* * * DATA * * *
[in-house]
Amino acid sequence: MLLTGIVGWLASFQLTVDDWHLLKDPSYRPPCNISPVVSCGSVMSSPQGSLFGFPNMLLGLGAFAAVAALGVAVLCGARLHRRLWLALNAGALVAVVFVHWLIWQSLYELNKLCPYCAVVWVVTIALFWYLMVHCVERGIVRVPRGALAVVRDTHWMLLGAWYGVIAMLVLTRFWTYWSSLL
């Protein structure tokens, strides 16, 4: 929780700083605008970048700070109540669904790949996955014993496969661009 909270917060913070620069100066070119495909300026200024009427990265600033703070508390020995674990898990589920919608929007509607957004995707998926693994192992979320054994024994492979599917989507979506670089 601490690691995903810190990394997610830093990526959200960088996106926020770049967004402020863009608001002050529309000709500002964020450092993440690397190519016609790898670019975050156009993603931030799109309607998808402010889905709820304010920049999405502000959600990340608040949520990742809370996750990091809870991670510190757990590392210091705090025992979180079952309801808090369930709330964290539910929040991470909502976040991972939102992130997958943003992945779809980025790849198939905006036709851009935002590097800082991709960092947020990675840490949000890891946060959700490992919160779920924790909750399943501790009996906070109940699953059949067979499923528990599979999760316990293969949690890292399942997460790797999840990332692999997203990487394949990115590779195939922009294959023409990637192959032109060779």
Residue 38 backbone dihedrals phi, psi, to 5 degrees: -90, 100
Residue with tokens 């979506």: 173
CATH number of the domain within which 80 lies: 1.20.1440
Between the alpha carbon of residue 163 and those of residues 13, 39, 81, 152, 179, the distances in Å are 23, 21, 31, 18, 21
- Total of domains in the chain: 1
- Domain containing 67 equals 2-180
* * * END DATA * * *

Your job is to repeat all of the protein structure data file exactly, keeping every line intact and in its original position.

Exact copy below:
[in-house]
Amino acid sequence: MLLTGIVGWLASFQLTVDDWHLLKDPSYRPPCNISPVVSCGSVMSSPQGSLFGFPNMLLGLGAFAAVAALGVAVLCGARLHRRLWLALNAGALVAVVFVHWLIWQSLYELNKLCPYCAVVWVVTIALFWYLMVHCVERGIVRVPRGALAVVRDTHWMLLGAWYGVIAMLVLTRFWTYWSSLL
């Protein structure tokens, strides 16, 4: 929780700083605008970048700070109540669904790949996955014993496969661009 909270917060913070620069100066070119495909300026200024009427990265600033703070508390020995674990898990589920919608929007509607957004995707998926693994192992979320054994024994492979599917989507979506670089 601490690691995903810190990394997610830093990526959200960088996106926020770049967004402020863009608001002050529309000709500002964020450092993440690397190519016609790898670019975050156009993603931030799109309607998808402010889905709820304010920049999405502000959600990340608040949520990742809370996750990091809870991670510190757990590392210091705090025992979180079952309801808090369930709330964290539910929040991470909502976040991972939102992130997958943003992945779809980025790849198939905006036709851009935002590097800082991709960092947020990675840490949000890891946060959700490992919160779920924790909750399943501790009996906070109940699953059949067979499923528990599979999760316990293969949690890292399942997460790797999840990332692999997203990487394949990115590779195939922009294959023409990637192959032109060779």
Residue 38 backbone dihedrals phi, psi, to 5 degrees: -90, 100
Residue with tokens 């979506």: 173
CATH number of the domain within which 80 lies: 1.20.1440
Between the alpha carbon of residue 163 and those of residues 13, 39, 81, 152, 179, the distances in Å are 23, 21, 31, 18, 21
- Total of domains in the chain: 1
- Domain containing 67 equals 2-180